Blog by Sandra Kerr OBE, Director, Race for Opportunity
A study – ‘Elitist Britain’ – published by the Social Mobility and Child Poverty Commission (SMCPC) last week found that many of the top jobs in Britain are filled by those who were educated at independent schools and Oxbridge. Sectors such as the judiciary, armed forces, civil service, politics and journalism were all overwhelmingly dominated by people who had attended these elite institutions. So how can we ensure that more people from disadvantaged groups are able to reach these senior positions?
The under-representation of people from certain educational backgrounds also seems to apply to race. Earlier this year we published our Race at the Top report, which found that there were very few BAME people in many of the top roles in the sectors also highlighted by the SMCPC. For example, just 5% of senior civil servants, 4.8% of judges and 6% of journalists were from BAME backgrounds in 2012. As well as not being reflective of multi-cultural Britain, these low numbers also mean that there is a lack of positive BAME role models for young people, which may have a negative impact on their aspirations.
Perhaps surprisingly, BAME children and young people make up 28 per cent of pupils at private schools in the UK (though this number may be skewed by high numbers of overseas students). Yet BAME students remain under-represented at Russell Group universities. This is a problem if the sectors spotlighted in both Race at the Top and Elitist Britain continue to recruit from this reduced sphere of talent. Employers and the top universities both need to take action to address this.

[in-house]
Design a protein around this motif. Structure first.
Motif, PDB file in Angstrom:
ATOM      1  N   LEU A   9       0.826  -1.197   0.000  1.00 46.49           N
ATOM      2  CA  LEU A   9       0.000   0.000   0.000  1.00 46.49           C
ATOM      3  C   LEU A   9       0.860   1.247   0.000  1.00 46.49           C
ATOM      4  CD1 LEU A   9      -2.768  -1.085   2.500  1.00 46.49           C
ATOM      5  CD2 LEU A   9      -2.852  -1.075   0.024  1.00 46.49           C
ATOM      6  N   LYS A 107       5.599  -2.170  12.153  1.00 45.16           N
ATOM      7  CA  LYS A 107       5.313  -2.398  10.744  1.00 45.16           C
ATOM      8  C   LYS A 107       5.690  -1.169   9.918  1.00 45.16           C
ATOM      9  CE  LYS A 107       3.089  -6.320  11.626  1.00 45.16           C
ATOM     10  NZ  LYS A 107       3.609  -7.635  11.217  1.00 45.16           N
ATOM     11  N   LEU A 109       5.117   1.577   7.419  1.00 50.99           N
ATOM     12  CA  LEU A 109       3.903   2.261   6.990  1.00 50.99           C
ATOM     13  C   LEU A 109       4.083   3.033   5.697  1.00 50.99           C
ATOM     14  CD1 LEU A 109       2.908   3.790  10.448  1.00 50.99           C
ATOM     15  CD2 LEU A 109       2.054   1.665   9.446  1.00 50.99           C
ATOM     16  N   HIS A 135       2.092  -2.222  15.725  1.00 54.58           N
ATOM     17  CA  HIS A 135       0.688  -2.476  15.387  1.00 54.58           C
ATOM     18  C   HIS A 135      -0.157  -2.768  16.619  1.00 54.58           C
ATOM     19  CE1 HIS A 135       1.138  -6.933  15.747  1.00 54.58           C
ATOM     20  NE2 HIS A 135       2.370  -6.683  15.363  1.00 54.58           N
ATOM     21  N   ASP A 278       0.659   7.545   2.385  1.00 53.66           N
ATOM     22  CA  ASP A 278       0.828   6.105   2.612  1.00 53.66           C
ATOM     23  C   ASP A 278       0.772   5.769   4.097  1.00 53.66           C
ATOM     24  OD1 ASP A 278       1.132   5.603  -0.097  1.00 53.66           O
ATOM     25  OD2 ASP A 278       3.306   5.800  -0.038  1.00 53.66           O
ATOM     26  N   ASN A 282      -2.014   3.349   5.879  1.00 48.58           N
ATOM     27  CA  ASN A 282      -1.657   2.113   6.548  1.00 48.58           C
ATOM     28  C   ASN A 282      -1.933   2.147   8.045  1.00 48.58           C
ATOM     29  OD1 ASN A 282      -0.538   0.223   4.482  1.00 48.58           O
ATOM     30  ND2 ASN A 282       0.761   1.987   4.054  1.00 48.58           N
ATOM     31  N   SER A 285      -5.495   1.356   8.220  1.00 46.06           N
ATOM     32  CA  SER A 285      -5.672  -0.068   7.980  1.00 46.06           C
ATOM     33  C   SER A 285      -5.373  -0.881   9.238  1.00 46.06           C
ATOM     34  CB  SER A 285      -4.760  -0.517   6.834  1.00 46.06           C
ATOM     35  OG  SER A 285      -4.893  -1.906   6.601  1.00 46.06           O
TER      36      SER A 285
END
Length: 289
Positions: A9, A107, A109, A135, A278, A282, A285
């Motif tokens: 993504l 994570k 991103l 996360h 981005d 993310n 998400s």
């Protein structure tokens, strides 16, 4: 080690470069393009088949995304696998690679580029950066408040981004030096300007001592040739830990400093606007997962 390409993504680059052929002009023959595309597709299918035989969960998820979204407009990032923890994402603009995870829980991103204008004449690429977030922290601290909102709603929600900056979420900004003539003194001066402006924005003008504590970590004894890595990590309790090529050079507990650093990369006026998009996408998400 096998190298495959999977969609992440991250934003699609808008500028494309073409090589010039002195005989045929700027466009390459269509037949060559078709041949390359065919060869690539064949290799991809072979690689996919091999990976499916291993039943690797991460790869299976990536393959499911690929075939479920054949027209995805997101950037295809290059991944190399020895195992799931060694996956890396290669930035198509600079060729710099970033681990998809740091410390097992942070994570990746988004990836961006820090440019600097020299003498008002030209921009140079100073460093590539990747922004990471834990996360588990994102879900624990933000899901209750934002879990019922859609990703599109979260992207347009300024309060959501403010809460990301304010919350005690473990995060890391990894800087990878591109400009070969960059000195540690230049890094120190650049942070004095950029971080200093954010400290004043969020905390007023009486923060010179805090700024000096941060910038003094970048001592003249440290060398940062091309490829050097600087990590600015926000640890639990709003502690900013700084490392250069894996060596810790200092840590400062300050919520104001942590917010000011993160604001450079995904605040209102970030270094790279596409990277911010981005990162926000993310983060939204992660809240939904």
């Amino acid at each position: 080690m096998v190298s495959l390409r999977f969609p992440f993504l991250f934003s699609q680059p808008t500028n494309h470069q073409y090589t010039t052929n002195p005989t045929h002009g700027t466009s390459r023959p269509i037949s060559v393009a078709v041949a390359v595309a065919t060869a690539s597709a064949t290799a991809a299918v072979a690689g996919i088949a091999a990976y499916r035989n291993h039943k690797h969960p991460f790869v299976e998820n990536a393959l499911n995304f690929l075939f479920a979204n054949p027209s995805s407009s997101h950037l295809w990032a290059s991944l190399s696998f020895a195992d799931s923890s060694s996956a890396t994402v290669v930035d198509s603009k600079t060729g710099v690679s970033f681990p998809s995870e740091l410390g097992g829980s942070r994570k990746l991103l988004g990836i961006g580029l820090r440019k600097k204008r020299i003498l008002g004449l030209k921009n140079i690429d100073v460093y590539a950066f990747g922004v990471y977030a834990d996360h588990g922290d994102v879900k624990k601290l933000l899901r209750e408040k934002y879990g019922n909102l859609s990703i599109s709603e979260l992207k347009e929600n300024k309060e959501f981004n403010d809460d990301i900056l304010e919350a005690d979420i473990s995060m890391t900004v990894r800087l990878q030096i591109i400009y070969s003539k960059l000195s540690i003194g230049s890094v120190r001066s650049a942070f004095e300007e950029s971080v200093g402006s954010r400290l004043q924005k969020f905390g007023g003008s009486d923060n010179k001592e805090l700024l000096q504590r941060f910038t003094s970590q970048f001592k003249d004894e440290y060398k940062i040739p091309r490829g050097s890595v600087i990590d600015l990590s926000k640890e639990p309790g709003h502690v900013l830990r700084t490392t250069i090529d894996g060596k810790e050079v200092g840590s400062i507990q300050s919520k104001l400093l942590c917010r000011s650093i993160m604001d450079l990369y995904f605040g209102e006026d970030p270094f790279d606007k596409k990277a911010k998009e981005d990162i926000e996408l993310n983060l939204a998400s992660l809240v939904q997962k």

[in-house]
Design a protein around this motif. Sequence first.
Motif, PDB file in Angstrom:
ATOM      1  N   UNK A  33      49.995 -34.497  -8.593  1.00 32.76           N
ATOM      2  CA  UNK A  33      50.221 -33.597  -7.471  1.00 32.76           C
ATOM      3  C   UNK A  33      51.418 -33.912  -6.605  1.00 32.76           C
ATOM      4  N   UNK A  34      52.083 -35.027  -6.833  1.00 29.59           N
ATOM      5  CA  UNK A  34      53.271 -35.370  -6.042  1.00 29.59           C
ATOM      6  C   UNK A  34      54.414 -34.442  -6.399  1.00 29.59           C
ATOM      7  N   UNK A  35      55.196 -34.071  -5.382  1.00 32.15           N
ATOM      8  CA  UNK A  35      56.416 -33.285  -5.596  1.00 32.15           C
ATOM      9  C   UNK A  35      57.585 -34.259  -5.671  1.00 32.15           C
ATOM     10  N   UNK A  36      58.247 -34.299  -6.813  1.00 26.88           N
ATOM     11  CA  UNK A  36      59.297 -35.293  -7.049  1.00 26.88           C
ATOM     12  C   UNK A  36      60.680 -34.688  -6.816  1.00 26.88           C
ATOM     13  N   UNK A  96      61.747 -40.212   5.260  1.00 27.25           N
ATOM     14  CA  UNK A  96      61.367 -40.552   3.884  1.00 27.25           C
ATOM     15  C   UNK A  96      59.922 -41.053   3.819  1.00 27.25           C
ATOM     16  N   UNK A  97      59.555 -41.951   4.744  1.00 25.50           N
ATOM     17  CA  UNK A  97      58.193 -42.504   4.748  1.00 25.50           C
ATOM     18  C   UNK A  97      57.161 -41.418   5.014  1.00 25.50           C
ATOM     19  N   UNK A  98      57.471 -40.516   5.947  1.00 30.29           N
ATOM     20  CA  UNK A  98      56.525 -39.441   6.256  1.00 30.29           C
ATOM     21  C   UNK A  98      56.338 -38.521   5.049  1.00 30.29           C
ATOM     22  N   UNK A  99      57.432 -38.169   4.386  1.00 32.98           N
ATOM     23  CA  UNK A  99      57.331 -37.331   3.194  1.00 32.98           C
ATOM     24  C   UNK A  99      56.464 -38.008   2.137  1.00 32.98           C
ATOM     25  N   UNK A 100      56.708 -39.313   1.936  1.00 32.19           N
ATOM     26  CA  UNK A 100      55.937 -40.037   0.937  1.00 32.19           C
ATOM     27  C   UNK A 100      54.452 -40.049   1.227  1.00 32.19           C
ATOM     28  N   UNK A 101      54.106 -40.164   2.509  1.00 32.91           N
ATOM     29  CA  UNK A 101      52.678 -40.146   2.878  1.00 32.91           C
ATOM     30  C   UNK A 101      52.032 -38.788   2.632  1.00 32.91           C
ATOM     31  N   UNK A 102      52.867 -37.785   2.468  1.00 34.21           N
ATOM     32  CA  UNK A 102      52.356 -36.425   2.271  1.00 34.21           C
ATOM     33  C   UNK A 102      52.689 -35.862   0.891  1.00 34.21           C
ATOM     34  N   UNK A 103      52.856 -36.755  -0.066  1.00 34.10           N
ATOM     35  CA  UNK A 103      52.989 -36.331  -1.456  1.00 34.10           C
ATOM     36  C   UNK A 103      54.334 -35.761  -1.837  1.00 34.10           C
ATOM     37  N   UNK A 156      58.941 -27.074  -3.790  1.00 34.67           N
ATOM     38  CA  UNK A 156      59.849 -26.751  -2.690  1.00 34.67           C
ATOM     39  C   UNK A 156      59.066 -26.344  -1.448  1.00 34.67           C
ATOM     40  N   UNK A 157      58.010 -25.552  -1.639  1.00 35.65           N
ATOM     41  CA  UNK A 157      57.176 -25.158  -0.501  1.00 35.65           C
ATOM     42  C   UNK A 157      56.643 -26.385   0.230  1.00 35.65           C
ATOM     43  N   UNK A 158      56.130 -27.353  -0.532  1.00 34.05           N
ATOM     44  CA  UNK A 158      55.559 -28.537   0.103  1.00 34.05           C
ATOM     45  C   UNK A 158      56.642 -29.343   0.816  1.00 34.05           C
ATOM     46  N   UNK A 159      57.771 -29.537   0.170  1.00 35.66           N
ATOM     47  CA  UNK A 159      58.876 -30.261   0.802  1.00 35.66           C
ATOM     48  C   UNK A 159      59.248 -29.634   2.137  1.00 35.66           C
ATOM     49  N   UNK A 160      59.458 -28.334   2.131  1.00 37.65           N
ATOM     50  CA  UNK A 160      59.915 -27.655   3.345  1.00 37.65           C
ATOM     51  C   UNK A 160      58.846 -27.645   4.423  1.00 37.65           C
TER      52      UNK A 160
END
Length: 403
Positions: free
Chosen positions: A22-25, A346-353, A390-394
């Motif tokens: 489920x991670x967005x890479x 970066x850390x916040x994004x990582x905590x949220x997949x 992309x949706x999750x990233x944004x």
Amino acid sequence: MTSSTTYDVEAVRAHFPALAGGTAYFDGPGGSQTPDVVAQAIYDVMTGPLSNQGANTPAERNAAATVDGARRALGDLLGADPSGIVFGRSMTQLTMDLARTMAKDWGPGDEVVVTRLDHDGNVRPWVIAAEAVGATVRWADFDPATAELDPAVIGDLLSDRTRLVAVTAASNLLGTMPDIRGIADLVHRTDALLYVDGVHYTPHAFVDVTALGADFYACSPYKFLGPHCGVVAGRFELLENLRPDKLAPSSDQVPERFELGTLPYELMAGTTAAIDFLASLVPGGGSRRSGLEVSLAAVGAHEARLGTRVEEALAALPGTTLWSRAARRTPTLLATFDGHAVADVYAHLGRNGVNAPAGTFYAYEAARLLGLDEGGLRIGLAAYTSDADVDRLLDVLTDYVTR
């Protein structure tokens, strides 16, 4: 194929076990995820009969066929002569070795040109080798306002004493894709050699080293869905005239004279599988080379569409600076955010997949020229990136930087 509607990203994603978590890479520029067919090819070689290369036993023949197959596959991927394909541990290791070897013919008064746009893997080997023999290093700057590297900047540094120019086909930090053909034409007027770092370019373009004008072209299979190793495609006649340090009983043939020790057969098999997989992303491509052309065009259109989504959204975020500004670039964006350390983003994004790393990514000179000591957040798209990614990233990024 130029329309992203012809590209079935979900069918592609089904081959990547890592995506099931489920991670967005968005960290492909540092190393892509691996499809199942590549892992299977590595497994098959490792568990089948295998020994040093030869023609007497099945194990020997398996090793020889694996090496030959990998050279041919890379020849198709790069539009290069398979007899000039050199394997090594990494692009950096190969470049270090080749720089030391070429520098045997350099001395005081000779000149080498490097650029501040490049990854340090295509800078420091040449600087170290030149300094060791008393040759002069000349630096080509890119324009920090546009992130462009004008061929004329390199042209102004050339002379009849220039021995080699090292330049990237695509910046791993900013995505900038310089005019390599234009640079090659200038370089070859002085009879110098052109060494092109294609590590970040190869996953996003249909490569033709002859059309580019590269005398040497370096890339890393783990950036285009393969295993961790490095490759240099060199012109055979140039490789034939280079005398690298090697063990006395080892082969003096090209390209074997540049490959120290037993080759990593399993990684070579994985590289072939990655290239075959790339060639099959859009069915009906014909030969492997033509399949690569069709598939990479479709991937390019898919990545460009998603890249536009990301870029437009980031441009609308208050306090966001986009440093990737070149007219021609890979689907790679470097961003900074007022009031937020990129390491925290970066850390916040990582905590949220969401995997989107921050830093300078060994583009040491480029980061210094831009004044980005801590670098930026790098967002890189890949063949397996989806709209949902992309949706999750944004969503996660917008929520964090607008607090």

I welcome the report recommendations to Universities to expand their outreach and work with schools to engage young people early on and encourage them to apply. They may also wish to examine their application processes to address unintentional barriers to BAME students and those from lower socio-economic backgrounds, such as by monitoring applicants’ progress at each stage and providing unconscious bias awareness or training for tutors.
I also welcome the report recommendations to employers, as those which favour only the top institutions are likely to have a much smaller talent pool to tap into, meaning they may miss out on potentially excellent candidates. We particularly welcome the recommendation for monitoring of the workforce by social background along with ethnicity and believe that publishing it is necessary to increase transparency and fairness – not only at the most senior levels but within workplace succession and talent pipelines.
Therefore I strongly encourage employers to cast their nets widely and apply similar strategies to their graduate scheme recruitment processes. With recent reports that two-thirds of graduates are unhappy in their first job after university and a quarter plan to leave within a year, ensuring that the right people are in the right roles has never been more pressing.
Let me be clear: we are not going to fix the current situation overnight. But if we can increase the number of BAME students being accepted into top universities and get more of the best graduate talent into the career path that suits them, we will lay the foundations to create a better future for BAME representation at all levels of the workforce. I think that the ‘Elitist Britain’ report highlights that it time for us to recognise that many people with talent and potential may not be able to afford to attend an independent school or a Russell Group university and to find ways to recognise that talent and unleash potential in new and creative ways.